Morneau Shepell Ltd.’s latest mental-health index reveals Canadians’ health and well-being remains relatively unchanged since December’s low of negative 11.8, leading many employees to prioritize their mental and physical health as the coronavirus pandemic persists.

Canadians’ mental-health score for January 2021 is negative 11.7, indicating a continued decline in mental health compared to early on in the pandemic back in April 2020 when it was negative 10.6, noted a press release. The prolonged strain on Canadians’ mental health is due in part to continued struggles with isolation and indicates extended restrictions and prolonged physical-distancing measures are taking their toll.

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“As we continue to navigate the day-to-day changes and uncertainties of the pandemic, we’re seeing Canadians struggle to maintain a positive mindset and find healthy balances in their work and personal lives,” said Stephen Liptrap, president and chief executive officer of Morneau Shepell, in the release.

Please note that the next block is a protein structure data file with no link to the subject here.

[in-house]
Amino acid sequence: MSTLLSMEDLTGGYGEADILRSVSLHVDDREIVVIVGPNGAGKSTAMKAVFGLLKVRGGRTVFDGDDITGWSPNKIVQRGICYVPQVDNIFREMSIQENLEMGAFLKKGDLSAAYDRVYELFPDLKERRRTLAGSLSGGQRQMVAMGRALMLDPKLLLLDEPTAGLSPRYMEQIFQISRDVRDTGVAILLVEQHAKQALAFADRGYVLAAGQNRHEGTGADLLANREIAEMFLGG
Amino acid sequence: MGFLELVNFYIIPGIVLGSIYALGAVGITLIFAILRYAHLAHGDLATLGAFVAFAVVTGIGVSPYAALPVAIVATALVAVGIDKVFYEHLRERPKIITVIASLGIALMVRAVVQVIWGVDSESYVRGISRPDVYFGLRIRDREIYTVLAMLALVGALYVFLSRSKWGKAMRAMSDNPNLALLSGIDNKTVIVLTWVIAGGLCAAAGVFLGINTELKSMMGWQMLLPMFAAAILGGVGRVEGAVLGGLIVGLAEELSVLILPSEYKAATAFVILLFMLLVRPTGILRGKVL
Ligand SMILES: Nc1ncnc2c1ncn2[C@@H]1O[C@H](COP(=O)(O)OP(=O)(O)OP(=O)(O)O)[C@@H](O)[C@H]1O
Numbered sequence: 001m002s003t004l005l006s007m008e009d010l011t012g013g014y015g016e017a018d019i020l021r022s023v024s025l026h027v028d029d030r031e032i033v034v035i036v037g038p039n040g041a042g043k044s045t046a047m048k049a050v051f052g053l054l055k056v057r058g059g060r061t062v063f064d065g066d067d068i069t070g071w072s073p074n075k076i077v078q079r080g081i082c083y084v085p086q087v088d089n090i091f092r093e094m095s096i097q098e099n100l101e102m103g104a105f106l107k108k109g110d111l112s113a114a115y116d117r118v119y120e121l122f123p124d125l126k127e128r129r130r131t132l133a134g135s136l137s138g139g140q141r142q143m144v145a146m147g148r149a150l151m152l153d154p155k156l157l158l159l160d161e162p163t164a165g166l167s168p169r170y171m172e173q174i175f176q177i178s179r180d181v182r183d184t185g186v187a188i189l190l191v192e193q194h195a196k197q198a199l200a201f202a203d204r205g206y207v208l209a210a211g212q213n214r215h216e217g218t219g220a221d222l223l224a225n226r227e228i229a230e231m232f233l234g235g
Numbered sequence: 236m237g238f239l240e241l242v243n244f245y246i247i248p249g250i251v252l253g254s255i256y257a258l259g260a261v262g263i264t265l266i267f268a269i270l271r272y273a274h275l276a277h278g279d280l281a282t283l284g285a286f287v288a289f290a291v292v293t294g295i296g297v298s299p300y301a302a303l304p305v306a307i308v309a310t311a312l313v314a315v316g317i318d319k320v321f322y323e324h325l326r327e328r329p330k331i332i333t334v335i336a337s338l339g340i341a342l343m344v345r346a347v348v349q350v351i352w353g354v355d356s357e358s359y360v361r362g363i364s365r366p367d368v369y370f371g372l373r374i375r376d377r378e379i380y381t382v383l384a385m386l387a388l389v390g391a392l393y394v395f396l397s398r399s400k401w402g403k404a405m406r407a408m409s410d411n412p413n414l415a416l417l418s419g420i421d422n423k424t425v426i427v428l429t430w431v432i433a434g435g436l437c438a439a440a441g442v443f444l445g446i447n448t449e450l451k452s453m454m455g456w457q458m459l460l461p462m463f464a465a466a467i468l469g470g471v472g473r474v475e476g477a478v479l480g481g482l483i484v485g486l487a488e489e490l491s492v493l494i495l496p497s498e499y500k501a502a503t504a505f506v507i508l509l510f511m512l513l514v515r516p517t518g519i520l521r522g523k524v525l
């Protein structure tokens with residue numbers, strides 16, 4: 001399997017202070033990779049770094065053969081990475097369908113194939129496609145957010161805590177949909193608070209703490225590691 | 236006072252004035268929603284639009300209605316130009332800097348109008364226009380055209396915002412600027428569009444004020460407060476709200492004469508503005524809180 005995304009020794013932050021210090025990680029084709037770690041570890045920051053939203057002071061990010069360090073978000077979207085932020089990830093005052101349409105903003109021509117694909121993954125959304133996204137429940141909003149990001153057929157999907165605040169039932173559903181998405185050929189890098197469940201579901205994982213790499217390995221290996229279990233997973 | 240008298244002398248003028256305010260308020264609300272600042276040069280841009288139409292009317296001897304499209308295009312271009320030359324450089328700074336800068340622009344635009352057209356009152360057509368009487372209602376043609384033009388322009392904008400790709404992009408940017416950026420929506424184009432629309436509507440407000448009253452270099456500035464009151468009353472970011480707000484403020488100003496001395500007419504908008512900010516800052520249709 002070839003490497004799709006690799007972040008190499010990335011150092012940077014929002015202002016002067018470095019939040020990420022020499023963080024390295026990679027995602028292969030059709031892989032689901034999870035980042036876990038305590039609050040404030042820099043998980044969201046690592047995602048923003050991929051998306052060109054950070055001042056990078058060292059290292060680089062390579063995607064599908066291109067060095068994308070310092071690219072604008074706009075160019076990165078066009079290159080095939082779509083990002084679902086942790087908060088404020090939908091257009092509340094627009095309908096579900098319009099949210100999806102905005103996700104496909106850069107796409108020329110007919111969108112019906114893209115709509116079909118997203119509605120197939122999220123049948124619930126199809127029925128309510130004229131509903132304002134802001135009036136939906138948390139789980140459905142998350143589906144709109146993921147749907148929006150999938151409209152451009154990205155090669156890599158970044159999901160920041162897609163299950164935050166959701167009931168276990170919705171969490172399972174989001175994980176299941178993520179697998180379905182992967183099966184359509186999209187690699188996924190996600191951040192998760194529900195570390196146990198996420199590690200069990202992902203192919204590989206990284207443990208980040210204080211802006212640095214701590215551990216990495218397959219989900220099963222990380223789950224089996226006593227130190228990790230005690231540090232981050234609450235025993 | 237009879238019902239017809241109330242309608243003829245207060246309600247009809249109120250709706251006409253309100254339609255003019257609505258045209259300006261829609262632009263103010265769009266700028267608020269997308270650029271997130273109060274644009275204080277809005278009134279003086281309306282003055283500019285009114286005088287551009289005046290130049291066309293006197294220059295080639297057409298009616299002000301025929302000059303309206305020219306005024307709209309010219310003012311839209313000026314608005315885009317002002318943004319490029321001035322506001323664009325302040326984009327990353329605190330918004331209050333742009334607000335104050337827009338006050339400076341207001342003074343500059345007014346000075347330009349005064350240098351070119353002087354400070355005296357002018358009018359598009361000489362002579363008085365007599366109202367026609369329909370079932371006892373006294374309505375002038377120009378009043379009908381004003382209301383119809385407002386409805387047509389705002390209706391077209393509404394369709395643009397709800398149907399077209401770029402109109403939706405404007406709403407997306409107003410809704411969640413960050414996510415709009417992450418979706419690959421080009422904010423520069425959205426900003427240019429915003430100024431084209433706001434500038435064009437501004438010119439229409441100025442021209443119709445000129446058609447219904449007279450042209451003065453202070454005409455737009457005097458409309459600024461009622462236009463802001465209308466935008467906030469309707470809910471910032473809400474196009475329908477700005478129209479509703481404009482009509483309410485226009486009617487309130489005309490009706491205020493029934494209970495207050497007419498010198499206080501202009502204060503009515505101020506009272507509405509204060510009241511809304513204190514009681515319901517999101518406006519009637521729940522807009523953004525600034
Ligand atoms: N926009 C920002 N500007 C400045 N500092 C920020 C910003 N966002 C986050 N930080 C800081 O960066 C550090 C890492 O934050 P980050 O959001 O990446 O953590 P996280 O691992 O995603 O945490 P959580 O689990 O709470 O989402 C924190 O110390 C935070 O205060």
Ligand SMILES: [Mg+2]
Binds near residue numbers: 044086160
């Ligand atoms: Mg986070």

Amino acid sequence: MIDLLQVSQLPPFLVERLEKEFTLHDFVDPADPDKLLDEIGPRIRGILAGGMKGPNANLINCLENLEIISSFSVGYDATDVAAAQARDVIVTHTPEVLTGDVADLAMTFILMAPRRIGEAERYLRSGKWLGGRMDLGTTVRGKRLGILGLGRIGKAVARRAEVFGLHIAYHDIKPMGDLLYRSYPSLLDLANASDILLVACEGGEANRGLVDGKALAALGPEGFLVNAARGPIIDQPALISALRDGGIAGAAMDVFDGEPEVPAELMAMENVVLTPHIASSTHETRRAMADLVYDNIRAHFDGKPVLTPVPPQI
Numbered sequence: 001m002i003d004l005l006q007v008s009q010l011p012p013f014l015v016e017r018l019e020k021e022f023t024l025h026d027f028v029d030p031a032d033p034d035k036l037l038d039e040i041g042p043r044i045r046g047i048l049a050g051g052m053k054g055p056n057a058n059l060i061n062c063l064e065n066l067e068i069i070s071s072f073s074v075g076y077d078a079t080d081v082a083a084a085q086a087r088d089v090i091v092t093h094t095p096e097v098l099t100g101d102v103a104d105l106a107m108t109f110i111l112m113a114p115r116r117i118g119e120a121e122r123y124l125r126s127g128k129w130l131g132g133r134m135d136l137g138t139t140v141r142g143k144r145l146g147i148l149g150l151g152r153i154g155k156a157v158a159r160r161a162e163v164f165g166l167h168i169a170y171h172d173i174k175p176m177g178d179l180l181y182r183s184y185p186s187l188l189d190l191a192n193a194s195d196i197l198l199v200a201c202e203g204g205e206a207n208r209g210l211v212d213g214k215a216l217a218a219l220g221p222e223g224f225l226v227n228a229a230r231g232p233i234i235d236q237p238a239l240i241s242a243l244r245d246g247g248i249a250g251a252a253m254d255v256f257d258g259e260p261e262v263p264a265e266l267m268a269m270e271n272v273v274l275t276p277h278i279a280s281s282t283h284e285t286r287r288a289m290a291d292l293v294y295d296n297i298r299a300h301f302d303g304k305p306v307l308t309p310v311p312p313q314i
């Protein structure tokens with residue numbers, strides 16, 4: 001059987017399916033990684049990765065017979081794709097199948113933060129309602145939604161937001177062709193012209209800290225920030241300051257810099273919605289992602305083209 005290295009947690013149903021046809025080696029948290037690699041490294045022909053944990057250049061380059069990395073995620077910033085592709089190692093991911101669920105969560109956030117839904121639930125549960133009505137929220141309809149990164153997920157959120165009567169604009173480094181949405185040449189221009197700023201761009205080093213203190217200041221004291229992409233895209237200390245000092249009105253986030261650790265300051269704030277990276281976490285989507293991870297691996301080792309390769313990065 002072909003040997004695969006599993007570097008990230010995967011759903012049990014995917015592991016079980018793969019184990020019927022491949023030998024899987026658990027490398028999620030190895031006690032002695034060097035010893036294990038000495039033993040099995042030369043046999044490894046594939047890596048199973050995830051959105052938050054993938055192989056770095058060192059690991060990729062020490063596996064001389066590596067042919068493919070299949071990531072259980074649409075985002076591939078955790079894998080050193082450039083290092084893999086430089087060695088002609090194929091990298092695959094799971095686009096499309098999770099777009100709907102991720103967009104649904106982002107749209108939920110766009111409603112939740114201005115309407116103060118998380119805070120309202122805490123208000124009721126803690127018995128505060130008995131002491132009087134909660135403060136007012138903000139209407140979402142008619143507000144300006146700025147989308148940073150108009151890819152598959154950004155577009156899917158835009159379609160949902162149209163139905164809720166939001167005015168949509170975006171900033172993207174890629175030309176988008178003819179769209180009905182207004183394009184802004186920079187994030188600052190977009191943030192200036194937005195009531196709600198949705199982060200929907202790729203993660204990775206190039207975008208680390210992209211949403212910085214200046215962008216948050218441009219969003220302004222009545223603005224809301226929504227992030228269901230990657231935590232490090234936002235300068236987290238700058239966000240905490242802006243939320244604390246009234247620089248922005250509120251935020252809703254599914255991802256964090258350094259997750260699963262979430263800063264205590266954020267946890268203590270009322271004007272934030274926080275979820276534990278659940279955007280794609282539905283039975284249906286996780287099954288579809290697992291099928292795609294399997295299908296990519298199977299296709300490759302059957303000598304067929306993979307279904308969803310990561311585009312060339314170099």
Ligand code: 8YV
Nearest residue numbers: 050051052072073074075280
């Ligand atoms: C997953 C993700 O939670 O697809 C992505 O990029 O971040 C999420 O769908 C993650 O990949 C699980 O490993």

“During these challenging months and over the long term, it is imperative that employers prioritize connection among employees to strengthen a sense of belonging and ensure workplace mental health remains a top business priority.”

In an attempt to manage their daily lives and establish new routines to stay well through the pandemic, many Canadian workers are rethinking their priorities. Indeed, one-third (33 per cent) of workers surveyed reported wanting to place more focus on their mental health, the report noted. However, priorities tended to vary across generations, with individuals between the ages of 20 and 29 nearly twice as likely to report wanting to focus on their mental health compared to those over the age of 60. In comparison, respondents over the age of 60 are nearly twice as likely to want to focus on their physical health than those between the ages of 20 and 29.

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“While the mental-health score of Canadians continues at a low level month over month, it is encouraging to see that a sizeable number of individuals are aware of their mental-health struggles and are choosing to proactively prioritize their mental well-being,” said Paula Allen, the organization’s global leader and senior vice-president of research and total well-being, in the release.